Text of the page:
SANFORD — Susie Buchanan knows what it is to lose a job and not know what the future holds. She also knows what it is to find hope and a new direction.
For 34 years, Buchanan had worked at a large manufacturing company in Sanford. Then, in 2009, she was laid off from her administrative assistant position. The hope and new direction came when she enrolled in a Continuing Education nursing assistant program at Central Carolina Community College.
On Dec. 15, Buchanan received her Nursing Assistant I and II certificates at the Continuing Education Department’s medical programs graduation at the Dennis A. Wicker Civic Center. About 250 students completed their Continuing Education medical programs training during the summer and fall semesters, with about 90 students and their families and friends attending the graduation.
“Losing my job was devastating,” the Lee County resident said. “From October to April, I didn’t know what I was going to do. Then the Lord led me to the nursing assistant program at the college. As soon as I walked in the class, I knew I belonged here.”
Buchanan is now excited about enrolling in Continuing Education’s new Patient Care Technician program and gaining more skills in her chosen profession.
The medical programs graduates ranged from those seeking a second career, like Buchanan, to those still in high school, like Stephine Adkins, a student at Lee Early College. Adkins looks forward to receiving her high school diploma and an associate degree in 2012. LEC is a collaboration of the college and Lee County Schools that enables students to earn both in four years. In addition, Adkins received her Pharmacy Technician Certificate at the medical programs graduation.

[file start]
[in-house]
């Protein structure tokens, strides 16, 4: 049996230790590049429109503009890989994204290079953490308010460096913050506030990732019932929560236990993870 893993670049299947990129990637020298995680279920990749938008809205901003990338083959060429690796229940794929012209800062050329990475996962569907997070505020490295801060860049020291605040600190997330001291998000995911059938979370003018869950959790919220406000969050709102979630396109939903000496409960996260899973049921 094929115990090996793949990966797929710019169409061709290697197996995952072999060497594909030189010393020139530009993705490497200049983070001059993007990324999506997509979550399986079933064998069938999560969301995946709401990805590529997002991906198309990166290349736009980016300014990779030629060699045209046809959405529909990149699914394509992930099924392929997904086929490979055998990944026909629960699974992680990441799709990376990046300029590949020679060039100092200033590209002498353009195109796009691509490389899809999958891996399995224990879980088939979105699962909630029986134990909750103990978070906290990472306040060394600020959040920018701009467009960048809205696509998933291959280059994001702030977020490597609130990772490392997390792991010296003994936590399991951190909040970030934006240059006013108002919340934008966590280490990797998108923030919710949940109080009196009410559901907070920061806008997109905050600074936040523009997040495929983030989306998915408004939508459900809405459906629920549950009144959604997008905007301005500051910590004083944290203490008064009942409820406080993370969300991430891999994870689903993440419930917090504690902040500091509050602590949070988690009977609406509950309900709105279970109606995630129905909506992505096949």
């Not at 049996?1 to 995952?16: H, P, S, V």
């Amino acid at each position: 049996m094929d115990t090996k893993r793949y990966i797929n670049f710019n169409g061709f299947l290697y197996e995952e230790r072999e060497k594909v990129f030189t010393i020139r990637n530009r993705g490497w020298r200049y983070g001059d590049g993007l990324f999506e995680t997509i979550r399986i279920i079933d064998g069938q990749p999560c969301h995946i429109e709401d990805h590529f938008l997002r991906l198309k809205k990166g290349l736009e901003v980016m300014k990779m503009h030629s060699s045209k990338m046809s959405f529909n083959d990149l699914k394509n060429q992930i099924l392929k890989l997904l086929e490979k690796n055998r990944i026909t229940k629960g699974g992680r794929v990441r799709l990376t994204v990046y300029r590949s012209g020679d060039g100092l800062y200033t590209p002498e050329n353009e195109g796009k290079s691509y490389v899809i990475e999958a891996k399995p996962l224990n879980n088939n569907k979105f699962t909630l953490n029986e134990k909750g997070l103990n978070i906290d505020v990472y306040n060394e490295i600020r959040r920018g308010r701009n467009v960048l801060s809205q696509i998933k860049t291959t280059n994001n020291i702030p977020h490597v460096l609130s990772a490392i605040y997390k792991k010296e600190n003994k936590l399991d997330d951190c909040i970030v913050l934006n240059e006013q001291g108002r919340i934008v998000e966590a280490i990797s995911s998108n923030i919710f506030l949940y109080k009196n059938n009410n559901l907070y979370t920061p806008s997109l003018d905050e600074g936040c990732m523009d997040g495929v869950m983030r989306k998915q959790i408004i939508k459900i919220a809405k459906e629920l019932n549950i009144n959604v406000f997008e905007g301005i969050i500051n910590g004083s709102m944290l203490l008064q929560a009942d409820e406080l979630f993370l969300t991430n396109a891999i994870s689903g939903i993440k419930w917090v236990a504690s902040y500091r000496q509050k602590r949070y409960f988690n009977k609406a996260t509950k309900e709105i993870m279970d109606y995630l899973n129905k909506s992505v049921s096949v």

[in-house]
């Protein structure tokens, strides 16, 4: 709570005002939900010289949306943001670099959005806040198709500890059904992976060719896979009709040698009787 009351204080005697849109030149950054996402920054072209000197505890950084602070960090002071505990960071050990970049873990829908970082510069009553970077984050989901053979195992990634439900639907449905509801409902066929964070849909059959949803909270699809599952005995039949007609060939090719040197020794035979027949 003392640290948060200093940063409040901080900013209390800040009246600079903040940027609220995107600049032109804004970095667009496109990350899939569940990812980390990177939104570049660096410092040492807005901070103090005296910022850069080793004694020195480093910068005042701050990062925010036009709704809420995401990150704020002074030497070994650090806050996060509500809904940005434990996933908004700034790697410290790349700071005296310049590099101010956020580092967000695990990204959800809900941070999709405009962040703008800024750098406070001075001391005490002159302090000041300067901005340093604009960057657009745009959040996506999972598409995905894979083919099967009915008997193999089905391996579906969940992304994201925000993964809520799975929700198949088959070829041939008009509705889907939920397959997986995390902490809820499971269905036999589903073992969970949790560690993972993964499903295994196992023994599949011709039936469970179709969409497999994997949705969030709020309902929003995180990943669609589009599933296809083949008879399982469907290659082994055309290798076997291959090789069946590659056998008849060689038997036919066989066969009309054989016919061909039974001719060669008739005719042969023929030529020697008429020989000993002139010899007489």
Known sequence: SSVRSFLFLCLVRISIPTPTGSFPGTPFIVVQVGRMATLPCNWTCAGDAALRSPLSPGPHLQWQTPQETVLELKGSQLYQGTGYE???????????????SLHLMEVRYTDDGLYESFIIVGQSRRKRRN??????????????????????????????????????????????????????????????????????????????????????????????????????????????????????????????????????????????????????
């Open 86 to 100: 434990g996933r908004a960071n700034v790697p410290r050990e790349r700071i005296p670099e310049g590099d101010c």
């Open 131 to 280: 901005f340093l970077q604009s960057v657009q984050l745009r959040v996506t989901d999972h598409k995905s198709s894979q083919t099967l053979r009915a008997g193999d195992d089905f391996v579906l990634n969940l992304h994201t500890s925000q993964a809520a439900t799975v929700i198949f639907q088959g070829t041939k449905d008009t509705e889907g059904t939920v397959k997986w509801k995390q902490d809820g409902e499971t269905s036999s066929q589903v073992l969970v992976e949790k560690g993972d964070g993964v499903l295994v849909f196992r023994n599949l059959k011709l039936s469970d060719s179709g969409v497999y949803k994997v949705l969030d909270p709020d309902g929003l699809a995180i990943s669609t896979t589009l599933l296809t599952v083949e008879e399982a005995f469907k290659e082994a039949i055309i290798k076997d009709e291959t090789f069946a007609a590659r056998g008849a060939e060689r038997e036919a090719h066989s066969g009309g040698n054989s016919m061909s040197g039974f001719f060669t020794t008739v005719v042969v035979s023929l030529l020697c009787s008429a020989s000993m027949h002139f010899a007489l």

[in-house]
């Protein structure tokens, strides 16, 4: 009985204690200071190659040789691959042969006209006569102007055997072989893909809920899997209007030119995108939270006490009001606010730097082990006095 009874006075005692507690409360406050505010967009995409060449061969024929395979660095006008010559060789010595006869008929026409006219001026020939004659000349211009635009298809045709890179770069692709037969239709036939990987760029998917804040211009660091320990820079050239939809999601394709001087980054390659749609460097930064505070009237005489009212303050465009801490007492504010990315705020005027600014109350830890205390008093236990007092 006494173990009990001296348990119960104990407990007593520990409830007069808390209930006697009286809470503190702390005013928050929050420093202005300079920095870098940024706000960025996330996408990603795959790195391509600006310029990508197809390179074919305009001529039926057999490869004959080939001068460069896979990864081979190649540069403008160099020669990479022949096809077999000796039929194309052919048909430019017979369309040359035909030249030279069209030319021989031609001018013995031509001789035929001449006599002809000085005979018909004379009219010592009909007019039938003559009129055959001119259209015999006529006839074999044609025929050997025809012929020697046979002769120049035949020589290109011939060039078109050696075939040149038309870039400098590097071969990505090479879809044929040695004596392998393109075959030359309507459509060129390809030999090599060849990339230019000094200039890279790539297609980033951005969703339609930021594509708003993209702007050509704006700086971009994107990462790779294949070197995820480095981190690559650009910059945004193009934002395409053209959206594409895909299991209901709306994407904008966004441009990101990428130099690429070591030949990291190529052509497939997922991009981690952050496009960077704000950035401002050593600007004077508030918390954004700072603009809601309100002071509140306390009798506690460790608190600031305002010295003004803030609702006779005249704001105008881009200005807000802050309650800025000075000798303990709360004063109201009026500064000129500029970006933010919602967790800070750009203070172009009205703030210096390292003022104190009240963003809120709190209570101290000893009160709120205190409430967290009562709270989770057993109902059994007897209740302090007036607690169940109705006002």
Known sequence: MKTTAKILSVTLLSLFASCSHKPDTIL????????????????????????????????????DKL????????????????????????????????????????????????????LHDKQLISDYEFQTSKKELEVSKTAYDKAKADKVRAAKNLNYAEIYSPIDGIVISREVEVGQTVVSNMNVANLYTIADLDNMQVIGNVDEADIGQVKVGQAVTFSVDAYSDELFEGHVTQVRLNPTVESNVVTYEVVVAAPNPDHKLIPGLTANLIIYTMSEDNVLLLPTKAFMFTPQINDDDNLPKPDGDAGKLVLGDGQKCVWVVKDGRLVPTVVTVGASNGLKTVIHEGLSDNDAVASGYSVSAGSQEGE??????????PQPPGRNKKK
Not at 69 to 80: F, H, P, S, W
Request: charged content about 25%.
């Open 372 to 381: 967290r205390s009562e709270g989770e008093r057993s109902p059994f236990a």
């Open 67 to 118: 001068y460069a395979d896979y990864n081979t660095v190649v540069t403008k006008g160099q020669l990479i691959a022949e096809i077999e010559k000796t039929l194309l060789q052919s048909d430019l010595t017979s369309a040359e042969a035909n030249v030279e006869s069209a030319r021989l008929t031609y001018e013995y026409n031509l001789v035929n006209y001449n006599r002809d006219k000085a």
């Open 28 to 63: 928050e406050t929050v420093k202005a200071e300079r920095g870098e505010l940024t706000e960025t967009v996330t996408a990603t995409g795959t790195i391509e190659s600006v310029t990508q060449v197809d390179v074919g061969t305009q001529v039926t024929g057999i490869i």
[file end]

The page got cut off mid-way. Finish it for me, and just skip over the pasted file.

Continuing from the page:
“It feels great,” she said. “It was a lot of work, but it feels great.”
Many of the graduates will continue their medical education, while others are either already in or going into the workforce in a variety of careers, including nursing assistants, several levels of EKG technicians, optometric assistants, pharmacy technicians, and phlebotomy technicians. Others will work in medical support jobs such as in a medical office, health care business, or doing medical insurance billing. Some graduates earned more than one certificate.
“This is the beginning of the rest of your life in your chosen medical profession,” College President Bud Marchant, told the graduating students. “You’ve chosen a marvelous profession — you’re in the business of helping people.”
Those words resonated with Delaine Johnson, of Chatham County, who received his Nursing Assistant I certificate. He is one of the growing number of men going into nursing.
“People say I have a good personality for working with people and nursing is a great career,” he said as he proudly held up his certificate. “It feels great to get this. My plans are to continue my education and go into the college’s Associate Degree Nursing program.”
Cindy Ramsey, CCCC Lee County director of Continuing Education, said the medical graduation is an opportunity to publicly congratulate the students who have worked so hard to complete their programs of study.
“I have a great deal of respect for the students who choose the medical field,” she said. “It is not easy, but they will be such an asset to our community in their choice of careers.”